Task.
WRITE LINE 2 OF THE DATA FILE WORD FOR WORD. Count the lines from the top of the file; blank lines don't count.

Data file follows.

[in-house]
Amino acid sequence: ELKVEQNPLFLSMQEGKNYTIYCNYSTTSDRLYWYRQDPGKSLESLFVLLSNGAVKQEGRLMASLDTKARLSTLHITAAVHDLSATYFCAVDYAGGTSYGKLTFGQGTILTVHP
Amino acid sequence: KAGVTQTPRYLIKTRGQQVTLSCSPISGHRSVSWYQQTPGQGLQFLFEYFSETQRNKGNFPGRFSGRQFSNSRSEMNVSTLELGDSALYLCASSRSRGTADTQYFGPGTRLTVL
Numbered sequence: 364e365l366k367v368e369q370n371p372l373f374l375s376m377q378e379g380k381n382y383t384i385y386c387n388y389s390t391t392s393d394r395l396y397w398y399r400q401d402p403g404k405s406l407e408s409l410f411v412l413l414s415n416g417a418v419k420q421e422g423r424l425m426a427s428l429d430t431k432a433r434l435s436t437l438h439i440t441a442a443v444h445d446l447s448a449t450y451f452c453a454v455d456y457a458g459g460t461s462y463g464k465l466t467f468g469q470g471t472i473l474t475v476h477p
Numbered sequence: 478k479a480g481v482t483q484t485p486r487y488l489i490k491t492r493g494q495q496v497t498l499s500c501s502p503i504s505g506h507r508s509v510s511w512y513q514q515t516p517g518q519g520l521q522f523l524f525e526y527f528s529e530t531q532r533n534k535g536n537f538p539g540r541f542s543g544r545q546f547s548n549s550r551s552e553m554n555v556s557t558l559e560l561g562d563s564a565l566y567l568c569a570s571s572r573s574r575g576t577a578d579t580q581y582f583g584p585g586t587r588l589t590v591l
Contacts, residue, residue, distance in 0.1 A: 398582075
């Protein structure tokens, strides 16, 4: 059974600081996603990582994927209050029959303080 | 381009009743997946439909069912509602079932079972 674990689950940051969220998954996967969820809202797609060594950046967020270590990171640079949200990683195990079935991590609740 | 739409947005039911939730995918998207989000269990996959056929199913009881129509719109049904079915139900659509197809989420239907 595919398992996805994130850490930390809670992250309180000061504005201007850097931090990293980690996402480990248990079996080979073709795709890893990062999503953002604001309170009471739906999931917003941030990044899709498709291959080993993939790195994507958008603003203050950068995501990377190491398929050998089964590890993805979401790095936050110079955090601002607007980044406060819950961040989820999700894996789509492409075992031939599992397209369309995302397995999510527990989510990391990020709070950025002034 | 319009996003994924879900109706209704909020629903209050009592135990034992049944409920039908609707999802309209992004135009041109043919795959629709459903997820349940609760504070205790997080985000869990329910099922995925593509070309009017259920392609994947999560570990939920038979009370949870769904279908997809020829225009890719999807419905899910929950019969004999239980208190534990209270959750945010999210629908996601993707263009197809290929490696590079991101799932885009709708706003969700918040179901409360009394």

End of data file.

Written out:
Amino acid sequence: ELKVEQNPLFLSMQEGKNYTIYCNYSTTSDRLYWYRQDPGKSLESLFVLLSNGAVKQEGRLMASLDTKARLSTLHITAAVHDLSATYFCAVDYAGGTSYGKLTFGQGTILTVHP